"Fears are dying out in Russia," the men of the Choral Arts Society proclaimed confidently -- and in Russian -- last night in the Kennedy Center Concert Hall. Bulgarian bass Nicola Ghiuselev added, "It is even strange to remember now. The secret fear of an anonymous denunciation, the secret fear of a knock at the door."

The words were given a special eloquence by the music of Dmitri Shostakovich, who incorporated five Khrushchev-era poems of Yevgeny Yevtushenko in his Symphony No. 13, "Babi Yar." The symphony was powerfully performed with Mstislav Rostropovich conducting the National Symphony Orchestra, the superbly trained chorus and the rich-voiced, deeply expressive soloist.

Yevtushenko's poem "Fears" -- the fourth of the symphony's five movements -- clearly had a special meaning for Shostakovich, who confessed in his posthumous memoirs that he suffered such fears for years, living in the shadow of Joseph Stalin, who had incited more than one campaign of denunciation against him.

By the time the optimistic "Fears" comes in, Shostakovich is trying to build a strong, positive finale for his symphony. It works well enough structurally, leading to a calm conclusion in the sardonically idealistic final movement, "A Career." But historically, Yevtushenko's and Shostakovich's optimism proved premature. A couple of performances after its 1962 premiere, the symphony dropped from sight while the authorities pressured Yevtushenko to change the words of the first section, "Babi Yar" -- a vigorous indictment of anti-Semitism, including the Soviet brand.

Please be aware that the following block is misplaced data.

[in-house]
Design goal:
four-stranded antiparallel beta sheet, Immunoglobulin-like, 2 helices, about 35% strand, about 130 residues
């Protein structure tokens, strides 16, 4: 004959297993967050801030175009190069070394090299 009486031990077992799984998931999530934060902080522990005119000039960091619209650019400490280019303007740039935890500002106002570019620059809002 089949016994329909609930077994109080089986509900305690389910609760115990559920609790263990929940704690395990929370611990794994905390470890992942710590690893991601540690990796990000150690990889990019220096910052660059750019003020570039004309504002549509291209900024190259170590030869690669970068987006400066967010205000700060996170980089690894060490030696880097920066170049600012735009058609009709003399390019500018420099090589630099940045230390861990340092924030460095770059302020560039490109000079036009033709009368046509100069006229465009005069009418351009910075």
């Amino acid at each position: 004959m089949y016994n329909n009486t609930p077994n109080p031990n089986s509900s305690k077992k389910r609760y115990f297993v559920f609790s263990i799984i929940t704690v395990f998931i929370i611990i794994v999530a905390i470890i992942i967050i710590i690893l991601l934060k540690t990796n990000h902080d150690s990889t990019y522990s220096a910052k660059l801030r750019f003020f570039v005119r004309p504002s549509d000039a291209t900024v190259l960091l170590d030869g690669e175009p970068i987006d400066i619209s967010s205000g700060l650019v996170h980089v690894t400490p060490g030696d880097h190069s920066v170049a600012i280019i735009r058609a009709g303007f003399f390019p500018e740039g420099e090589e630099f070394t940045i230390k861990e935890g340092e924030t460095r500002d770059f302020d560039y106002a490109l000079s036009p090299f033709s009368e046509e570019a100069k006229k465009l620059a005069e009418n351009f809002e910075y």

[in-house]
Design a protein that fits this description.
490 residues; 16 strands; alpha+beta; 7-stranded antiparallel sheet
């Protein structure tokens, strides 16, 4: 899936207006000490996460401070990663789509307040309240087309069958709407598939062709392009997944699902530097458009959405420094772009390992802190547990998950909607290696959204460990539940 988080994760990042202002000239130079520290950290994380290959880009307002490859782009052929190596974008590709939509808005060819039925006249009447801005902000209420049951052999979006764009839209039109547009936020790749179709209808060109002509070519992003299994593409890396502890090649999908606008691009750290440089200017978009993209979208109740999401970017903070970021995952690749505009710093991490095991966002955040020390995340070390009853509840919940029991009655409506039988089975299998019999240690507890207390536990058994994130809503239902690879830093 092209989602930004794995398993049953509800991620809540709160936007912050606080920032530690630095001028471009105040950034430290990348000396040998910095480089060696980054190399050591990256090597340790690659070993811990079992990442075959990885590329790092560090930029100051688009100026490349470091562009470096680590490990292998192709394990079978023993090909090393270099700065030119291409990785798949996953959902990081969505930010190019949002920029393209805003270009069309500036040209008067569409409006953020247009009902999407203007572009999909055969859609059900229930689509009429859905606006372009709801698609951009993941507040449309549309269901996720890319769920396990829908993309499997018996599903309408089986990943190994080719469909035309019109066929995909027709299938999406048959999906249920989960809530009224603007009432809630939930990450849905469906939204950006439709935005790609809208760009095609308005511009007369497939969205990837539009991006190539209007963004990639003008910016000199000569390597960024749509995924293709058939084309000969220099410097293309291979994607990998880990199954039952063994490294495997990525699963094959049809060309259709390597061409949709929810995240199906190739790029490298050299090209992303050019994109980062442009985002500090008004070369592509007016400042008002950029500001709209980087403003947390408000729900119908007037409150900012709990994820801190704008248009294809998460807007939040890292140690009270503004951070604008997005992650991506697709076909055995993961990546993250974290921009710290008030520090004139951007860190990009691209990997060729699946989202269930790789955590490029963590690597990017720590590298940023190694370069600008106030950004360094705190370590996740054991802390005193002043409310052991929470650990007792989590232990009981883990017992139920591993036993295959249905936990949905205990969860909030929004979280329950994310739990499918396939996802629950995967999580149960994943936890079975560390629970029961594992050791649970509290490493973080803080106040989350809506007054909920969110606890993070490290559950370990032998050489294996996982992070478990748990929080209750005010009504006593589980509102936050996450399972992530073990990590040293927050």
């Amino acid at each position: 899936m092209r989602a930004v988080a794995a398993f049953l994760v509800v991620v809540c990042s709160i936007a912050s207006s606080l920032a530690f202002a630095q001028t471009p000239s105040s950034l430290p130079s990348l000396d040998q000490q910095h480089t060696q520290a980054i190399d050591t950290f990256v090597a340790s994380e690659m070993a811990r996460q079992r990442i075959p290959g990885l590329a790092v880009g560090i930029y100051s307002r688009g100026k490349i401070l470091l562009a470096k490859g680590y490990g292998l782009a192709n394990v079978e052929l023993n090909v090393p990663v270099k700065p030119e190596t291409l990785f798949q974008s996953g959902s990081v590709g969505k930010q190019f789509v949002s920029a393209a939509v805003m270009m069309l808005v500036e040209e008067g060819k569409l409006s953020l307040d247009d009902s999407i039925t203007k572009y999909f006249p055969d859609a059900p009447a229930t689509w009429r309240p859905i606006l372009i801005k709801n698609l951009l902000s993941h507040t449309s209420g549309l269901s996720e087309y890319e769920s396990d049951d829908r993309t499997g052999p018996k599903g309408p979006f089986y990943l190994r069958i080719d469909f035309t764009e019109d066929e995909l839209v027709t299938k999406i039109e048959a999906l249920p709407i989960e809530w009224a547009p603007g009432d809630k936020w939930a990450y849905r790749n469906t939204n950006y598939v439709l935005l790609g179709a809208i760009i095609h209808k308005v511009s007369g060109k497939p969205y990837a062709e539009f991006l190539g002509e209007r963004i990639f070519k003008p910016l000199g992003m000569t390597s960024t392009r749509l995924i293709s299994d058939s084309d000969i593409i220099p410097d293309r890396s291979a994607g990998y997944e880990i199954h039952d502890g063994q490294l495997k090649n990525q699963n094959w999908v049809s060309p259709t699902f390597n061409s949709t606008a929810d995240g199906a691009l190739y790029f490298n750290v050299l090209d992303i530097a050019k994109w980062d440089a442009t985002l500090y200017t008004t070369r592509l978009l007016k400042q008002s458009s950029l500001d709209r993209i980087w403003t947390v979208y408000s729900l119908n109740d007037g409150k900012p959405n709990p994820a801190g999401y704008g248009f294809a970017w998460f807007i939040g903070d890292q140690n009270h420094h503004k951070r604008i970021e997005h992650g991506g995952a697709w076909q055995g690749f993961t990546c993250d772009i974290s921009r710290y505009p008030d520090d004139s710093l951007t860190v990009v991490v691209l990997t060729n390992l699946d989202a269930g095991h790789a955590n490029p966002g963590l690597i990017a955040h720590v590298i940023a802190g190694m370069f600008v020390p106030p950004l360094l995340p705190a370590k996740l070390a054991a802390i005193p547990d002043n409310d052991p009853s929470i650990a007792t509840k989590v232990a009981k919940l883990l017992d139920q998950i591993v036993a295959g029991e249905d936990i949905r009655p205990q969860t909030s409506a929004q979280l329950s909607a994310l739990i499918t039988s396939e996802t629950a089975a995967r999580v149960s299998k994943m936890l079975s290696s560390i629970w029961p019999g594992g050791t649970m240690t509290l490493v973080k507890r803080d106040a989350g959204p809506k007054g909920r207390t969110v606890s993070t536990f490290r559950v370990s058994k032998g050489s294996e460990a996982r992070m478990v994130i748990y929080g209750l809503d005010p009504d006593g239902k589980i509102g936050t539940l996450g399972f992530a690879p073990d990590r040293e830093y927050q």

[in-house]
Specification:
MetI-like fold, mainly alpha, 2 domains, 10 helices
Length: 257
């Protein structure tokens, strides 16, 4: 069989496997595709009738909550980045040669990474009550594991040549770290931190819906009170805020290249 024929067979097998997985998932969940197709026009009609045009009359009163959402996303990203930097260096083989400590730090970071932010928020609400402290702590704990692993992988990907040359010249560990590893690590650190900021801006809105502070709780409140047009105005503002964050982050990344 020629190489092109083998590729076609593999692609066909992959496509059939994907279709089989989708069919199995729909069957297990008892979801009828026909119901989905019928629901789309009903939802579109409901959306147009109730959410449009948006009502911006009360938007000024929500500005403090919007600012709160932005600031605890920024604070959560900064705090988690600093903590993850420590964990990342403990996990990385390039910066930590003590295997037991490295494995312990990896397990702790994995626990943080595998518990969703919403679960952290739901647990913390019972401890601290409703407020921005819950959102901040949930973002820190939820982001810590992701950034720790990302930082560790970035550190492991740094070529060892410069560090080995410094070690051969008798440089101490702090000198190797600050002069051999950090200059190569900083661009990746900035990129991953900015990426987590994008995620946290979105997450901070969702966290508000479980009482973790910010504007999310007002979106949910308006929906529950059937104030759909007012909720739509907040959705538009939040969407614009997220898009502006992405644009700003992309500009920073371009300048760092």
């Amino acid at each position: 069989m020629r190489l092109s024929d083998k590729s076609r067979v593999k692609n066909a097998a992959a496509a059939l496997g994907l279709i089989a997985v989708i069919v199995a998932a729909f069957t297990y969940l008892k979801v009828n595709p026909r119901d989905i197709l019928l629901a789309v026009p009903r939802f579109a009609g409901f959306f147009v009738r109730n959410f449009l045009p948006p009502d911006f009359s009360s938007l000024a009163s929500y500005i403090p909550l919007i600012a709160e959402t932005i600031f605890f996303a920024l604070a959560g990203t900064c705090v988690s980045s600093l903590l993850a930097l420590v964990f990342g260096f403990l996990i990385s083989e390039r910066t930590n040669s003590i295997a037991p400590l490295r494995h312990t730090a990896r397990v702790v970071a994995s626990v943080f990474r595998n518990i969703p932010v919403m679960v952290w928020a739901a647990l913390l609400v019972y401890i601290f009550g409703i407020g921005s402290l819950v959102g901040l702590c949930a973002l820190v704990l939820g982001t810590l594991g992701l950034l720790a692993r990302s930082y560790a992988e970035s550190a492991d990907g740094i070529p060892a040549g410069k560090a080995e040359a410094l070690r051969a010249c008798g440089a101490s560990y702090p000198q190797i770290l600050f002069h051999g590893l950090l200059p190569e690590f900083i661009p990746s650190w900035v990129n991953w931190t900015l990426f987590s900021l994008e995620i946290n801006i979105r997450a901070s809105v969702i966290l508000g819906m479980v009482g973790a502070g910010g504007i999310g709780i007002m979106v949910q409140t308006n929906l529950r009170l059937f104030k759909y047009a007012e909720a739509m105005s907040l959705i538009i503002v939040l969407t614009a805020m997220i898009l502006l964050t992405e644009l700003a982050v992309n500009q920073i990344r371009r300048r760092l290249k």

One bass soloist after another had turned down the honor of singing the premiere of this work. When a soloist finally agreed, the Bolshoi Opera changed its schedule, forcing him to sing at the opera on what had been planned as a free evening. In the end, a student from the Moscow Conservatory was the soloist in the first performance. Rostropovich, a friend and student of Shostakovich, volunteered to recruit and train the soloist and in the process became thoroughly familiar with the symphony, which he studied with the composer and played on the piano again and again for soloists.

This familiarity was evident in last night's performance. The orchestra, in top form, generated sheer terror in parts of the first movement and rough, vigorous humor in the second before turning to the pathos of the tribute to the strength and suffering of Russian women in the third. A long standing ovation closed the evening, and Rostropovich brought out Norman Scribner, director of the chorus, to share the applause.

The program opened with Bach's First Suite for Orchestra, well played in a rather romanticized style.